For me, bipolar disorder is addicting as hell! I’m not just talking about alcohol, drugs, gambling, buying 50 pairs of shoes (a week) or whatever other destructive habits you can think of; I’m talking about becoming addicted to virtually anything I’ve ever cared to do in my life. I don’t know how to half-ass anything. I either whole-ass it, or zero-ass it; no partial-assing for me!
Really, this is just an extension of another post I wrote about bipolar disorder being engrossing, but it’s definitely worth expanding on. Also, I’m currently addicted to Reese’s Peanut Butter cups, and if I stop writing this article I’m literally going to eat my face off (OK, figuratively eat my face off; whatever, I know).
Why is Bipolar Disorder addicting?
Imagine you’re white water rafting. Everything around you is tumultuous, and you’re doing everything you can just to get down the river, and stay in the boat. Maybe that’s holding on as tight as you can. Maybe it’s paddling like hell. Or maybe it’s something else entirely because I don’t know the first thing about white water rafting and this is just the first metaphor that popped into my head.
This is sort of what mania feels like. You’re on this precarious little boat and your thoughts are racing around you like a raging river. So you work like hell to stay in the boat. Often this involves throwing yourself into something completely to keep your mind busy; maybe you’re brewing beer, writing a blog, buying 5,000 pairs of shoes, or my personal favorite, becoming an (almost) YouTube star. Whatever it is, you become addicted to it – at least for a time.
Conversely, maybe you’re depressed, and life is starting to feel a little overwhelming. So you check out for a while – you start drinking, smoke some weed, eat 4 lbs of Reese’s peanut butter cups; really, just pick your poison!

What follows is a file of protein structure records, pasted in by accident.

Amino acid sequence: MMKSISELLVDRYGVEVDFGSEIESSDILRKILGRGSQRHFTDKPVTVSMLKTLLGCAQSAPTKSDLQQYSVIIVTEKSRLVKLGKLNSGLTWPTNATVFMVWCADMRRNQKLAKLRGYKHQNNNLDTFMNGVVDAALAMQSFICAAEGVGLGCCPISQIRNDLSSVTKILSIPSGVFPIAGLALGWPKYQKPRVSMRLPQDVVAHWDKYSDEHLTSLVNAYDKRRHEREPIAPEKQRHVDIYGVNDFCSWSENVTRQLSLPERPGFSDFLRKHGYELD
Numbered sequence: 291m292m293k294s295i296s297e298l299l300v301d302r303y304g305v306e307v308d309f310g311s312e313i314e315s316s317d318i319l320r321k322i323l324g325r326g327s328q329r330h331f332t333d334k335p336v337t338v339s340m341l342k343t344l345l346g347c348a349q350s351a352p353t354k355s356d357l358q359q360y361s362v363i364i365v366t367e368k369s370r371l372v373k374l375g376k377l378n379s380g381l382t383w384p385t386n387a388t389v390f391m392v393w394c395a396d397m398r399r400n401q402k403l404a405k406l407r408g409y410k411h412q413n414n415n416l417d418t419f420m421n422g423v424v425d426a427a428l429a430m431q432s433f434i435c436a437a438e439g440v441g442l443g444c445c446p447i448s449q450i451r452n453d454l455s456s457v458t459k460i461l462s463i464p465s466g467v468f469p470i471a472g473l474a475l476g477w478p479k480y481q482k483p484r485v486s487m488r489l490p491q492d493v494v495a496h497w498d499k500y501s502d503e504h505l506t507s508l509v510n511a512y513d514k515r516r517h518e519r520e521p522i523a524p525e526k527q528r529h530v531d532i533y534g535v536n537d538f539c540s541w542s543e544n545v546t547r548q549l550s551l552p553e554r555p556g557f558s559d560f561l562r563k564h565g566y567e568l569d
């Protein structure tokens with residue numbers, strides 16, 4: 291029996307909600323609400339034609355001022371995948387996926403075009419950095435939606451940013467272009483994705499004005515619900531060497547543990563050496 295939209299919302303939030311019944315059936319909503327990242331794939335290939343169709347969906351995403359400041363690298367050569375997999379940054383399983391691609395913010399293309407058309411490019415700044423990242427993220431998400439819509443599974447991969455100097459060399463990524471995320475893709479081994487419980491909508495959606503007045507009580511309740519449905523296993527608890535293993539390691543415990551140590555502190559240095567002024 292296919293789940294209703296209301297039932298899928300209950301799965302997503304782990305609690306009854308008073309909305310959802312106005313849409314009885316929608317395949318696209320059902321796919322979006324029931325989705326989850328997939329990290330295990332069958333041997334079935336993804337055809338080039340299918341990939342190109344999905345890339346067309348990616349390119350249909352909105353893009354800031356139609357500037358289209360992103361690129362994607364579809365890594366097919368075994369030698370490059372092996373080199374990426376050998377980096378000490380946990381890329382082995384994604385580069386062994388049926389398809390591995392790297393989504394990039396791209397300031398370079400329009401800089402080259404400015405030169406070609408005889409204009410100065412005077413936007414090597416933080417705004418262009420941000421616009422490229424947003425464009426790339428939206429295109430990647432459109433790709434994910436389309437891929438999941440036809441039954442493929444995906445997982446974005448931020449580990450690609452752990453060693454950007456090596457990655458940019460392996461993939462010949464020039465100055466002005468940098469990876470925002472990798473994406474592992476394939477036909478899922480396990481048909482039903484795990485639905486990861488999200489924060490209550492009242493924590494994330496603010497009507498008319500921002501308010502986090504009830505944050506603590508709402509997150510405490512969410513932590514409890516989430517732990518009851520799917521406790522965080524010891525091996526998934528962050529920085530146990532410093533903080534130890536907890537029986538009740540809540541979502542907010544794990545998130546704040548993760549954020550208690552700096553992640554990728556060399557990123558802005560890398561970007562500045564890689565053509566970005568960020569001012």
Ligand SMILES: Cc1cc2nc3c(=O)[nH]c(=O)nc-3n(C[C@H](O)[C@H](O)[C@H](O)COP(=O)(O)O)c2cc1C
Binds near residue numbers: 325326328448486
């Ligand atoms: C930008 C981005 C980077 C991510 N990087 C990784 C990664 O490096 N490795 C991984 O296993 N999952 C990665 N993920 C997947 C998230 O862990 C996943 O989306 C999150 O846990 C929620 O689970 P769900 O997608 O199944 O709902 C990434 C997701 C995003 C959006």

I guess chocolate-peanut buttery goodness isn’t as bad as the war I’ve been waging on my liver for the past 10 years with booze, but still, it’s a little destructive. I was hoping the first time I was on TV wouldn’t be on My 600lb Life. My minimum goal is making the news getting perp-walked for something cool; like stealing a truck filled with Reese’s Cups.
It Ain’t All Bad
Addiction definitely has a negative connotation. It should, since usually when you’re talking about addiction you’re talking about it in the medical sense – as in “Matt drinks so much he jumped into the resevoir, then came home and ate an extra large chicken bacon ranch pizza; he did that 3 separate times last week. I think that meets section 12 of the DSM critera for Alcohol Use Disorder – do you do stupid shit at least once weekly?”.
But really, it can be a good thing if you channel it into something productive.
Here are some examples of the good and the bad in my own life:
The good: Got addicted to exercise and dieting and lost 40lbs (which is good since I was about 40lbs overweight).
The bad: Gained 40 lbs in two months after becoming addicted to Reese’s Cups.
The good: Created a successful YouTube channel after becoming addicted to Minecraft and video editing.
The bad: Became addicted to Minecraft and video editing and stopped hanging out with friends.
The good: Became addicted to work, got promoted several times.
The bad: Got addicted to work, got promoted into role that I hate.
The good: Got addicted to brewing beer, and had fun learning about one of my favorite things!
The bad: Got addicted to brewing beer, a habit which complimented my alcoholism nicely, and temporarily turned me into the most vanilla version of Walter White you’ve ever seen (I even have a chemistry degree).
The good: Got addicted to writing, and created a blog.
The bad: Got addicted to writing, and inflicted several made up ass-related words like “assholiness” and “partial-assing” to the general public.
Bonus Bad: Got addicted to diet Mountain Dew in an ill-advised attempt at a beer replacement and now my pee glows in the dark.
There’s many more examples, but it’s been 10 minutes since I last shoved Reese’s cups and Mountain Dew into my face so I’m going to have to wrap this post up.
Check out my other posts from my Bipolar Disorder Described in a Word series:
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